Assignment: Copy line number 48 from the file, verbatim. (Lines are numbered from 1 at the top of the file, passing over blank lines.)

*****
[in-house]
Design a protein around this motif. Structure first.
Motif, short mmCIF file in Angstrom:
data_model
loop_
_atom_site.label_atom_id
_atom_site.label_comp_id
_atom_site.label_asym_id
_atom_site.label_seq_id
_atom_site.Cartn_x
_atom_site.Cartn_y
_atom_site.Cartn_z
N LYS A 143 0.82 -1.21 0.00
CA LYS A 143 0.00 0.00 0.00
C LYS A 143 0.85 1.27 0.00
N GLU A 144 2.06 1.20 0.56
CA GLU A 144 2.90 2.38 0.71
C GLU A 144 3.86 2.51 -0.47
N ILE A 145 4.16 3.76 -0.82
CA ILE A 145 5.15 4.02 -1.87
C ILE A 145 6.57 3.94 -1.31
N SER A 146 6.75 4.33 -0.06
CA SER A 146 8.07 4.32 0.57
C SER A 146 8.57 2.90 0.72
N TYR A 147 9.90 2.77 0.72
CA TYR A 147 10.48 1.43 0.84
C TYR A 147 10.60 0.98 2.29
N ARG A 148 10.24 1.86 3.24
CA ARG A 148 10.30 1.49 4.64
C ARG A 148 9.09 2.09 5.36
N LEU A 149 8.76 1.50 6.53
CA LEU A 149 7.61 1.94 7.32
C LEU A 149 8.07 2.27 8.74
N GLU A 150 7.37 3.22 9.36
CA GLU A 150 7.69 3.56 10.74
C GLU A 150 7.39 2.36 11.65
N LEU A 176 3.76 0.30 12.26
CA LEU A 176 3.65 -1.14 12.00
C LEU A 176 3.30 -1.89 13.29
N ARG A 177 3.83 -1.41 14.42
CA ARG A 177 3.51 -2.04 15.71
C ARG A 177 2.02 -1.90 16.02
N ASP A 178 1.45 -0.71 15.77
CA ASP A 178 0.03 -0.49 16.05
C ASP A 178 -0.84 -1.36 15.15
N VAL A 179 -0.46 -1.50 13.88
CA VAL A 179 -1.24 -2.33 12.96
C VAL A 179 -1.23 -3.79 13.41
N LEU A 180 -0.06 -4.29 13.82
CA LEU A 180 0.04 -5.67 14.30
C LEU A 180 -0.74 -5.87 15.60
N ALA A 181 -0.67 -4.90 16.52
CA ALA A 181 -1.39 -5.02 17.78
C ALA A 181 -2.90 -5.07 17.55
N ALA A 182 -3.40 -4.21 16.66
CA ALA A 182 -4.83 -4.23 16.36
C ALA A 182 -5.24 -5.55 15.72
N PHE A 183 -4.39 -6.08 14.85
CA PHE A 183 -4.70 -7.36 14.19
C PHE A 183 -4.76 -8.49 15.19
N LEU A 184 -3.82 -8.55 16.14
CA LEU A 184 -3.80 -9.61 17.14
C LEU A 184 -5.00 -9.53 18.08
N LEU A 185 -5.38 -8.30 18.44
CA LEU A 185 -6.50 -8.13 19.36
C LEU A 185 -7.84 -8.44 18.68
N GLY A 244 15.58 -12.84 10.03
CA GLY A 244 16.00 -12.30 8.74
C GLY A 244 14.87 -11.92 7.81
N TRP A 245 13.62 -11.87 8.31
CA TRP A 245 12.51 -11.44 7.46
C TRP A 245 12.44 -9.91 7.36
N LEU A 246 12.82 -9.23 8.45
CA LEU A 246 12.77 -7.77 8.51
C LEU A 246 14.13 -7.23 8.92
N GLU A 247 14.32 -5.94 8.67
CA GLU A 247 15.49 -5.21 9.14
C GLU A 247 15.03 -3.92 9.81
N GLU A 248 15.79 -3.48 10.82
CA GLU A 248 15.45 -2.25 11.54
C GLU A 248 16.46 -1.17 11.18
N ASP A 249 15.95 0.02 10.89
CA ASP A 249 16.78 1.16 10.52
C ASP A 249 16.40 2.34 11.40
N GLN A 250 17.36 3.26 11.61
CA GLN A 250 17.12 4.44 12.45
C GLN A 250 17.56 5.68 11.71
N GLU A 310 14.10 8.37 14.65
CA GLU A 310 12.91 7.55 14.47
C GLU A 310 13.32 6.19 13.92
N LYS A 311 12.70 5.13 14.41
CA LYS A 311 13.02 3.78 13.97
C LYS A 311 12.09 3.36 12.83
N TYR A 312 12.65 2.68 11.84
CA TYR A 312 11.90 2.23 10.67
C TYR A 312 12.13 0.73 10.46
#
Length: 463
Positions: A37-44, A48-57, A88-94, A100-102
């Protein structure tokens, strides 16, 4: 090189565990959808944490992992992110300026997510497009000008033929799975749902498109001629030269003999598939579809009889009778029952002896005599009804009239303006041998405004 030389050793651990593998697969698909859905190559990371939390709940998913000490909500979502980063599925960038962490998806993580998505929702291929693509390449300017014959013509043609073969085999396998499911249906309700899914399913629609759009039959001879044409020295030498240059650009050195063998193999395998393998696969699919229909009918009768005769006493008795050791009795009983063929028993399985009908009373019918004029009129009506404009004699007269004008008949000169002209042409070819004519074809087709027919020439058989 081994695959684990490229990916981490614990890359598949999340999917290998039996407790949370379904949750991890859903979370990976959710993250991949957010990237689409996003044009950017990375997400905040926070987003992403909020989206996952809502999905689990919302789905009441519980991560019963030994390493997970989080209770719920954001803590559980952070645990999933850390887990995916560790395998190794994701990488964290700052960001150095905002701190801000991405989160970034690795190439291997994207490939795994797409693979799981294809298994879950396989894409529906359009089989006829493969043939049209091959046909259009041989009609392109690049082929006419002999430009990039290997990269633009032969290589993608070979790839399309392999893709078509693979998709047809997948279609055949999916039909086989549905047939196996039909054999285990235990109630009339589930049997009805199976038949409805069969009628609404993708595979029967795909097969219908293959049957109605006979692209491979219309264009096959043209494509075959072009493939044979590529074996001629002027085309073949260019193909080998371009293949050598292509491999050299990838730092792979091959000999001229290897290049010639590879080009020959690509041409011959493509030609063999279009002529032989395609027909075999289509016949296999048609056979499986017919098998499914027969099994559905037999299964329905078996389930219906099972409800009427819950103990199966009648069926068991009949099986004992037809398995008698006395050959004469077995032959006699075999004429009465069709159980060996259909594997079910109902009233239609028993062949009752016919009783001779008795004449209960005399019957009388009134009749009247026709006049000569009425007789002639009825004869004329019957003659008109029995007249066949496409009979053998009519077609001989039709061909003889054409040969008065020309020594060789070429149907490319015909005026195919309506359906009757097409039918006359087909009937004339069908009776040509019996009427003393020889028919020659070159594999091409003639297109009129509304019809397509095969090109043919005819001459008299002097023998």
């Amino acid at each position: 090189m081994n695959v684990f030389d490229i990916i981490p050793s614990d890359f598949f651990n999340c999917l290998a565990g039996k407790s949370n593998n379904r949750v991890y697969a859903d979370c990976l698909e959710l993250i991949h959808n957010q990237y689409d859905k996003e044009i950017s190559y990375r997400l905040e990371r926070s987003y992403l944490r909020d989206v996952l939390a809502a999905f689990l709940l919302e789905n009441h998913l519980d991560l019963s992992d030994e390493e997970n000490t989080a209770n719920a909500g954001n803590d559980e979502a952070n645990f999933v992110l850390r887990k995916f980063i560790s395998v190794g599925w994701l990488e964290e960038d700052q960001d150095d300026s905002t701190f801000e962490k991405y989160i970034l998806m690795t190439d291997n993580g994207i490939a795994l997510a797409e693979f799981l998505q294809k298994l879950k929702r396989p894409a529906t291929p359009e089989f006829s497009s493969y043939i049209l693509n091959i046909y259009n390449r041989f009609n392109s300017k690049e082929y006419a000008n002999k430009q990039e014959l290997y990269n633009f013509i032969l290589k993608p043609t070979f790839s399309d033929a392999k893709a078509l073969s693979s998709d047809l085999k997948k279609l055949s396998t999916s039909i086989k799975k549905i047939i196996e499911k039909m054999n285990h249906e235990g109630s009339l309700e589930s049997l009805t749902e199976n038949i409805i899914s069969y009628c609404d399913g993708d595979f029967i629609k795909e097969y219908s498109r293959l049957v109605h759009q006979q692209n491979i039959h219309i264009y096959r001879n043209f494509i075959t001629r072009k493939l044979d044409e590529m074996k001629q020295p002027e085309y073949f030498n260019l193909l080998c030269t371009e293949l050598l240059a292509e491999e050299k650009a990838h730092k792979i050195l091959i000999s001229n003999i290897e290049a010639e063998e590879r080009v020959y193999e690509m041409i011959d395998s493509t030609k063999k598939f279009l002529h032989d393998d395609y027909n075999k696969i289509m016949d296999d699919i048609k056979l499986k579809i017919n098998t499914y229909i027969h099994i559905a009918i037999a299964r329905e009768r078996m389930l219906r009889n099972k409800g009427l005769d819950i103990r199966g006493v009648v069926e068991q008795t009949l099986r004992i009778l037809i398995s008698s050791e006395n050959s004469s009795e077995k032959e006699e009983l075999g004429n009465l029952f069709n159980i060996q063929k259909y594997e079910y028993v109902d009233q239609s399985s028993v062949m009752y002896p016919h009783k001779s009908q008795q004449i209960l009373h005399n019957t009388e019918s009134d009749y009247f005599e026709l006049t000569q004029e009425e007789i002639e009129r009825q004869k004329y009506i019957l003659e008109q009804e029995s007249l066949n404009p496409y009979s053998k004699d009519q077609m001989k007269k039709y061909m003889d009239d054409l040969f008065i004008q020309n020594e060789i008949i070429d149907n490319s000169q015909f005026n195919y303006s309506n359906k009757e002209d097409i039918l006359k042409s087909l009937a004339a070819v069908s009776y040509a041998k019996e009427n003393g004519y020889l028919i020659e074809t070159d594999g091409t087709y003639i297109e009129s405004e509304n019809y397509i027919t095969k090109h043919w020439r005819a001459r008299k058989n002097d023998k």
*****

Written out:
C VAL A 179 -1.23 -3.79 13.41